“I reached this point where I’m realizing that my kids don’t need me like they did,” O’Neill said.  “My husband owns his own business, and I realized I might be that old lady at the house with nothing to do, and I need something that gets my blood flowing,” she says. “At the same time, I think that its also providing an example for my kids. I don’t want them to not finish college, but I want them to see that it’s never too late.

Even though O’Neill isn’t officially accepted in the university due to admission requirements, the Finish What You Started program allows her to be a nonmatriculated student, where she can still take classes that will eventually count towards her degree until her transcripts are in order.

“They will all count and add up to something as soon as I’m accepted into whatever program I choose. I think that part is important to note. People who want to come back to school but maybe aren’t ready to jump in with both feet can still take classes. Eventually you’ll end up with something,” O’Neill says.

Like many returning college students, O’Neill was intimidated by the application and admissions process, but felt the faculty in Finish What You Started eased the process along for her.

“After I called Nancy and told her my story, she really became like my personal concierge. I realized it seemed manageable, seemed like something I could do.”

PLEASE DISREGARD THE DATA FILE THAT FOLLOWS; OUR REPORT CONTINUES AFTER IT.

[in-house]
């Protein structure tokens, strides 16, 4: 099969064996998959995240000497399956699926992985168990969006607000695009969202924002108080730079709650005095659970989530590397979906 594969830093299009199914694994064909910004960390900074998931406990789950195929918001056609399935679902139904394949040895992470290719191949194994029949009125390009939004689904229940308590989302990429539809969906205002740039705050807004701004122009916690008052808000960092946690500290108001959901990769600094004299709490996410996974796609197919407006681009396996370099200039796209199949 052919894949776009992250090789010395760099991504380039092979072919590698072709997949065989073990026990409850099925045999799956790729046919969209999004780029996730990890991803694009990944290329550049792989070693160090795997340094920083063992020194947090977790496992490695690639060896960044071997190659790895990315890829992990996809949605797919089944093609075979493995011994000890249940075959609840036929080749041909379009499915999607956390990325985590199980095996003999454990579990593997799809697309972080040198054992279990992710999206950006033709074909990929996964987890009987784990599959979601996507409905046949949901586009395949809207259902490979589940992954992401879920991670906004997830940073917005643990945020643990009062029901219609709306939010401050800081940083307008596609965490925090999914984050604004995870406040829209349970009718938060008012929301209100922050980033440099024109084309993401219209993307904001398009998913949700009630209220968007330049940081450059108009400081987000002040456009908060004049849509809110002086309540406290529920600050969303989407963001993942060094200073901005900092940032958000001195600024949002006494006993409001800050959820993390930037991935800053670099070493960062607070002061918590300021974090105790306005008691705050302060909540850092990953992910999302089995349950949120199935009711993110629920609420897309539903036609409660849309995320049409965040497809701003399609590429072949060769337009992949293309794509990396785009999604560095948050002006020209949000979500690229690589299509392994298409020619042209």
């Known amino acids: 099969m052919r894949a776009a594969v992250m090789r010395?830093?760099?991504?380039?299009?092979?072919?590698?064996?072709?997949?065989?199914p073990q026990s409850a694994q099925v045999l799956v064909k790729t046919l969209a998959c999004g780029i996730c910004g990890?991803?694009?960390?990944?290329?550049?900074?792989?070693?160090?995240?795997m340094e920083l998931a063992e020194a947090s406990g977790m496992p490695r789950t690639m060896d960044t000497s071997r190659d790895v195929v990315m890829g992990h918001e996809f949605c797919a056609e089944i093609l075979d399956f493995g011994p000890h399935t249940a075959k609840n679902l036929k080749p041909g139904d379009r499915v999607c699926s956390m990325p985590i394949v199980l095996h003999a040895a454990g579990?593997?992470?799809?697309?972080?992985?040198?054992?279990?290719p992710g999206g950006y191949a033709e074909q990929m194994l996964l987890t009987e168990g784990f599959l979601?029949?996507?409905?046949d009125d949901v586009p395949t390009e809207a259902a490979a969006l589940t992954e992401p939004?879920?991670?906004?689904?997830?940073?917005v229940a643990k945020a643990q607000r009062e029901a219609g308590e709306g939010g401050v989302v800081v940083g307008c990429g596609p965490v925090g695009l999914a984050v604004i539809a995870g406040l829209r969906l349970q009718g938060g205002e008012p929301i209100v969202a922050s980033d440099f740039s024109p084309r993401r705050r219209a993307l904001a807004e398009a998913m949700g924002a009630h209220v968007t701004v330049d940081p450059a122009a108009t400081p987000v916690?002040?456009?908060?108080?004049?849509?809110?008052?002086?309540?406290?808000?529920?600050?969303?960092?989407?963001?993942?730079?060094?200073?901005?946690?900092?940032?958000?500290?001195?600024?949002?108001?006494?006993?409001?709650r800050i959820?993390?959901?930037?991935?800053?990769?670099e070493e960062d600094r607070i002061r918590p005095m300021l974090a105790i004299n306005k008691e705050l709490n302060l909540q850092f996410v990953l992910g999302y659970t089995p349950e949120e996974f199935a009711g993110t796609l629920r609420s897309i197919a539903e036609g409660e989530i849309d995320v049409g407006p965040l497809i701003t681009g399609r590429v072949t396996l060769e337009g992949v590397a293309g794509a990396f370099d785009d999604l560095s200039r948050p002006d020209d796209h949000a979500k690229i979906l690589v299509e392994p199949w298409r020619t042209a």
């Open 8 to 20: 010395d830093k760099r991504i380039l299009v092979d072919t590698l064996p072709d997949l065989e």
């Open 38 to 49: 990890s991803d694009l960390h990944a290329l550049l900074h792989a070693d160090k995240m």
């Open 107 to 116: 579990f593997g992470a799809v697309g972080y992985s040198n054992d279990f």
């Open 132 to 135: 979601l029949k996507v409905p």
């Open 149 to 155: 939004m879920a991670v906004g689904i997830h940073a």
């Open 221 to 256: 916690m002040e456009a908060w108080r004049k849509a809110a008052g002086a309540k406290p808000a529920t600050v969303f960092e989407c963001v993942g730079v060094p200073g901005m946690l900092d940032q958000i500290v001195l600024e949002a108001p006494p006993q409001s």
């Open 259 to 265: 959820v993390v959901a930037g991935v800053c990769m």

Kile Stetson, a returning URI student enrolled in the Finish What You Started program since May 2013, certainly agrees.

“It felt good to have someone on my side to guide me,” Stetson said.  “It was weird to go back.  Any question I ever had Nancy would get back to me right away. It made the process really easy, and a lot smoother than I thought it would be.”

Stetson left school in December of 2012. “When I dropped out, I was in a weird place with school. I didn’t know what I was doing,” he says. Soon afterwards, he started to work as a salesman for a car dealership. It was there that he realized his love for marketing and sales. It was with this experience that he geared his focus towards marketing, and decided to finish the political science degree at URI and use it in conjunction with his marketing experience.

Stetson began his classes through Finish What You Started with a winter J-Term study abroad trip to Belize this year, where he earned three of his credits.

“It was exactly what I needed,” Stetson said.  “My attitude completely changed. I appreciated what college education was all about and what I needed it for.”

He says that after getting back into the college grind with some experience, he was more focused, “going back to school with a purpose. I was more motivated.”

About a year later, Stetson is eager to graduate on Dec. 8.

“It’s awesome, really,” Stetson said.  “I didn’t think I would ever come back to school…This was exactly what I needed.”

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Emma Gauthier
Emma is a senior journalism and English double major with a minor in political science from Cape Cod, Massachusetts. She has worked for the Cigar since her first semester at URI as a staff reporter, then web editor, news editor and finally Editor in Chief. Emma also edits for the URI research magazine, Momentum, and hopes to find a career in political reporting upon her graduation in May.